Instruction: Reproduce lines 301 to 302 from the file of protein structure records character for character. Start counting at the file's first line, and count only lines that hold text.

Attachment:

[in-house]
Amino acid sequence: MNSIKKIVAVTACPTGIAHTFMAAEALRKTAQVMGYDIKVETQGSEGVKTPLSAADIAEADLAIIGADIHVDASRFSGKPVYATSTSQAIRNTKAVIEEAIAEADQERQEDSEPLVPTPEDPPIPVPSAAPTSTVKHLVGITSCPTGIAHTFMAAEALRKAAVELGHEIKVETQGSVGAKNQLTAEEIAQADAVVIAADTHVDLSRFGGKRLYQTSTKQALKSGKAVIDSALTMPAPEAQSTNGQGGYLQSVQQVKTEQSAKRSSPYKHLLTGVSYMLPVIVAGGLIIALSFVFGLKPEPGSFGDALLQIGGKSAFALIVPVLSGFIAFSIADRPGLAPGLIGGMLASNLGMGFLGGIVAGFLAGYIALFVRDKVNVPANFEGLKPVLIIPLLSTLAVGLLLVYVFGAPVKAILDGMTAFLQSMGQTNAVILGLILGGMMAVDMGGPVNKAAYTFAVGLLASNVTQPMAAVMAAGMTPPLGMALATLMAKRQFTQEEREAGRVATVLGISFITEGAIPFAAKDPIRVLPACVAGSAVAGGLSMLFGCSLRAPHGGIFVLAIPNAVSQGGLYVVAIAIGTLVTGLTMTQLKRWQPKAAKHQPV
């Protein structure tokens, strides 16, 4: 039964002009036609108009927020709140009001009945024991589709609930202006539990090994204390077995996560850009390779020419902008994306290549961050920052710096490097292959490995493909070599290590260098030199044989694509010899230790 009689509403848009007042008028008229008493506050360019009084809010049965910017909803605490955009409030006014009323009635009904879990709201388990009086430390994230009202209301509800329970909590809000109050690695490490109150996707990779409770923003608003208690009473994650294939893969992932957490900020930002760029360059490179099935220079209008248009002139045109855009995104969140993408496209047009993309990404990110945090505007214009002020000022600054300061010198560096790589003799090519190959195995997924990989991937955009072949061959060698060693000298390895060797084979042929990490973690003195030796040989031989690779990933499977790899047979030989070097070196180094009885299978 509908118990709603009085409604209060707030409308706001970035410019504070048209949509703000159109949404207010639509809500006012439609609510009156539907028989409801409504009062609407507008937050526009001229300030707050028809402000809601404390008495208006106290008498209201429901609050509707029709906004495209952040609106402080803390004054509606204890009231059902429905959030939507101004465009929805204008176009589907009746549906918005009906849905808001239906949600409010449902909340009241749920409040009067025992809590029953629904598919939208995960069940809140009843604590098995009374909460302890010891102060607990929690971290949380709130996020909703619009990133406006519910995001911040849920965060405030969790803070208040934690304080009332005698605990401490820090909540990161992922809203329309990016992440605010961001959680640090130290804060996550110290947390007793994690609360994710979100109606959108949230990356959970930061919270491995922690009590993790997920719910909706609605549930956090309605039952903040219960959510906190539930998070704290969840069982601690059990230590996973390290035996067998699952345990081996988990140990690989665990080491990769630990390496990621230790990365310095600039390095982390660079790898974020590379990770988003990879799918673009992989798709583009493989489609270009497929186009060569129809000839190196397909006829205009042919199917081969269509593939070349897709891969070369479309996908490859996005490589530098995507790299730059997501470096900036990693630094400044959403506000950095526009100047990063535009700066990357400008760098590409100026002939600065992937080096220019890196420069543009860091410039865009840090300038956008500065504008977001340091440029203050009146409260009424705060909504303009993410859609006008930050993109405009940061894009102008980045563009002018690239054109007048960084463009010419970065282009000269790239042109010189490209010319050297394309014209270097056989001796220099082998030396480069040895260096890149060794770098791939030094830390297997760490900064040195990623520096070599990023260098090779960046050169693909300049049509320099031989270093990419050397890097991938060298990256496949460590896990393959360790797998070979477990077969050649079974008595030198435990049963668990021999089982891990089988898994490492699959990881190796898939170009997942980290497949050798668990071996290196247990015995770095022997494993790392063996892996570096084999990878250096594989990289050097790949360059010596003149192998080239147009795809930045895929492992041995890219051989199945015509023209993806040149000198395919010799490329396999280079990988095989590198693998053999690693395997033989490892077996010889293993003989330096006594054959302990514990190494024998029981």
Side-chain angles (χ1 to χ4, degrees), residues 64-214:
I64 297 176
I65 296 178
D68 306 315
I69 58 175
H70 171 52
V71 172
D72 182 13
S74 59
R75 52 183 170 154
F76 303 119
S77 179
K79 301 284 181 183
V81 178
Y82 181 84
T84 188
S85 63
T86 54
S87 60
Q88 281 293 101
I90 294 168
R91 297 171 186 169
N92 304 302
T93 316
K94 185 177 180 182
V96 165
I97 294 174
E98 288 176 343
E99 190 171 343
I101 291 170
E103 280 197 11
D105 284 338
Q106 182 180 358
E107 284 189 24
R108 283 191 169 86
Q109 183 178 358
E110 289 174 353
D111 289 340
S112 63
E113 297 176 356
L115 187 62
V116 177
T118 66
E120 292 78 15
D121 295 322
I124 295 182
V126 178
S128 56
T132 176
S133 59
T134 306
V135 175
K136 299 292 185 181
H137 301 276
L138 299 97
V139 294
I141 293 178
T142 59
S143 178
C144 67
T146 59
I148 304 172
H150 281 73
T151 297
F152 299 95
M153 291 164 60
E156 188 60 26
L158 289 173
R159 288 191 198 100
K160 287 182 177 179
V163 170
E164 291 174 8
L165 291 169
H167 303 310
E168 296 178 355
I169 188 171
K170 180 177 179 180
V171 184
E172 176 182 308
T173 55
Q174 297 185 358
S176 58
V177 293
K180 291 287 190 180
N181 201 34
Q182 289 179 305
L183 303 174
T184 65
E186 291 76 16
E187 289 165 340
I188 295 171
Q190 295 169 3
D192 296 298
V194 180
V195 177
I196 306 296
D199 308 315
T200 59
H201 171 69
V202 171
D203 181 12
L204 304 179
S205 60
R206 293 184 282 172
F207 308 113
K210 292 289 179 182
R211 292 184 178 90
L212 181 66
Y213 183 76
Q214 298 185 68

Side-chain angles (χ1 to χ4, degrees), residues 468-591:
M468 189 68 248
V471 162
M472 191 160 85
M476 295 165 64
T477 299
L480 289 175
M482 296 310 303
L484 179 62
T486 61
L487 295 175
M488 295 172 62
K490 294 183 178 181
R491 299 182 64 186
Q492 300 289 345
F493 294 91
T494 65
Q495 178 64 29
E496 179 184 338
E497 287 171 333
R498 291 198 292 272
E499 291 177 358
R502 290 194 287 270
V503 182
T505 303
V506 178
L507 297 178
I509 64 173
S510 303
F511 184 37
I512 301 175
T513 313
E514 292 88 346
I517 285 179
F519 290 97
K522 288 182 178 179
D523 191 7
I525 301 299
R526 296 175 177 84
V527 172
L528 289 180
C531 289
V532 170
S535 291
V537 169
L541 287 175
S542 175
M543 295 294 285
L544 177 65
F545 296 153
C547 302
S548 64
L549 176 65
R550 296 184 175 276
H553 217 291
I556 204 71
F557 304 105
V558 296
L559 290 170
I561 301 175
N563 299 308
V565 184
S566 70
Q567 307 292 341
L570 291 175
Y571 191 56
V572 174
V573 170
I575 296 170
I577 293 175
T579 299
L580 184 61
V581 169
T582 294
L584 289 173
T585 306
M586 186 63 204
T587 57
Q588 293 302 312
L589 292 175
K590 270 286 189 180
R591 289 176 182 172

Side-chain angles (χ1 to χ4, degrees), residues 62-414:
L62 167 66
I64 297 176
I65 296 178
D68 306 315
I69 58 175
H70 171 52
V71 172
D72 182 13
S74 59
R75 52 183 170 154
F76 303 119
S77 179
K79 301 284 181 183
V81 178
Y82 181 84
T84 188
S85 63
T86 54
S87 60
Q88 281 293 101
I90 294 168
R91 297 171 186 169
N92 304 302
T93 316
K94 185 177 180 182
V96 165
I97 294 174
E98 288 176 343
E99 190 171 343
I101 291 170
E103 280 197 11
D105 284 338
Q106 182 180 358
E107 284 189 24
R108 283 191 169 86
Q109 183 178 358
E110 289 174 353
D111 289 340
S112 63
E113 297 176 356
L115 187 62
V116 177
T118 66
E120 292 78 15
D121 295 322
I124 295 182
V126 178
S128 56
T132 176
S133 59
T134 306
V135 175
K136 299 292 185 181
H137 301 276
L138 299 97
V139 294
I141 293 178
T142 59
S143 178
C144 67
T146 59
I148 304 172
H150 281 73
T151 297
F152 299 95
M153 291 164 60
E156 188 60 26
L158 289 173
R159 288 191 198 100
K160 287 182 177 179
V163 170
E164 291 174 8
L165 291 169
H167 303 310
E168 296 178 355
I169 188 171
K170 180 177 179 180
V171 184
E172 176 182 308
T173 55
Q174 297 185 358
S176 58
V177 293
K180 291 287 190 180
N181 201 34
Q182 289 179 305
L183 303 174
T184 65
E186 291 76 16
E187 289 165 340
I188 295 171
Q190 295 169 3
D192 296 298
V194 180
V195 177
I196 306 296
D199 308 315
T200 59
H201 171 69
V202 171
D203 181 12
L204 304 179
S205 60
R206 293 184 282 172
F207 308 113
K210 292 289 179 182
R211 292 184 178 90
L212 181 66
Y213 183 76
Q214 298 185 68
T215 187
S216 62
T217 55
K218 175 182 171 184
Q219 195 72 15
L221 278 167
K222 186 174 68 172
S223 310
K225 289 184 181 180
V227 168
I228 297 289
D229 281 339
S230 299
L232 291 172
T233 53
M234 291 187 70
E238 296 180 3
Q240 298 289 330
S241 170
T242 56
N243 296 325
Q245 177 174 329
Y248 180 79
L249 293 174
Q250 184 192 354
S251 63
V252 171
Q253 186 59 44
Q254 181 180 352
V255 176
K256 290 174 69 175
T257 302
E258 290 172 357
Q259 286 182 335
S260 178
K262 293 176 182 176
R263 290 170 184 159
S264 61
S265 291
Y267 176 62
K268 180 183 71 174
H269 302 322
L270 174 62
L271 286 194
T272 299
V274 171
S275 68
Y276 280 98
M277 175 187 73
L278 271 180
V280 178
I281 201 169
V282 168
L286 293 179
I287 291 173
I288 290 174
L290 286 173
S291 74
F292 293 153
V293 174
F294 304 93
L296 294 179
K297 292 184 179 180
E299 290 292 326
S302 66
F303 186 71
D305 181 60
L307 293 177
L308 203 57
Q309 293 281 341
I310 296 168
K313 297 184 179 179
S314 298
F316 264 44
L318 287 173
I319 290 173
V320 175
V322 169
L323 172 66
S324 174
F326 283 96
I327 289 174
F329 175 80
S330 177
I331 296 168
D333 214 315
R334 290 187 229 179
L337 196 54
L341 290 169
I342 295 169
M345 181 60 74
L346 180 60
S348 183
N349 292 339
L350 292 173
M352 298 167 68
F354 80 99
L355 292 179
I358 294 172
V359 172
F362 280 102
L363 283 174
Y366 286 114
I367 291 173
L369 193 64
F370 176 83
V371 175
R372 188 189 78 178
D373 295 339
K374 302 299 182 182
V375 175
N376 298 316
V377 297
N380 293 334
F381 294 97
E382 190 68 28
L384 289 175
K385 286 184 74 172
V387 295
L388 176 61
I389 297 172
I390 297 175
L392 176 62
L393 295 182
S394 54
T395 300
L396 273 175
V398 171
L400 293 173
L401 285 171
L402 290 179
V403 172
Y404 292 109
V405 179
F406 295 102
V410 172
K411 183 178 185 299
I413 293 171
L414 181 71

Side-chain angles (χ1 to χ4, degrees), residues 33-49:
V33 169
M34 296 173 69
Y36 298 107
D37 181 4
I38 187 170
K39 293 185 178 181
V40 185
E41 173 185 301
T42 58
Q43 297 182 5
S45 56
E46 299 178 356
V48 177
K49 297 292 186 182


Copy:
F207 308 113
K210 292 289 179 182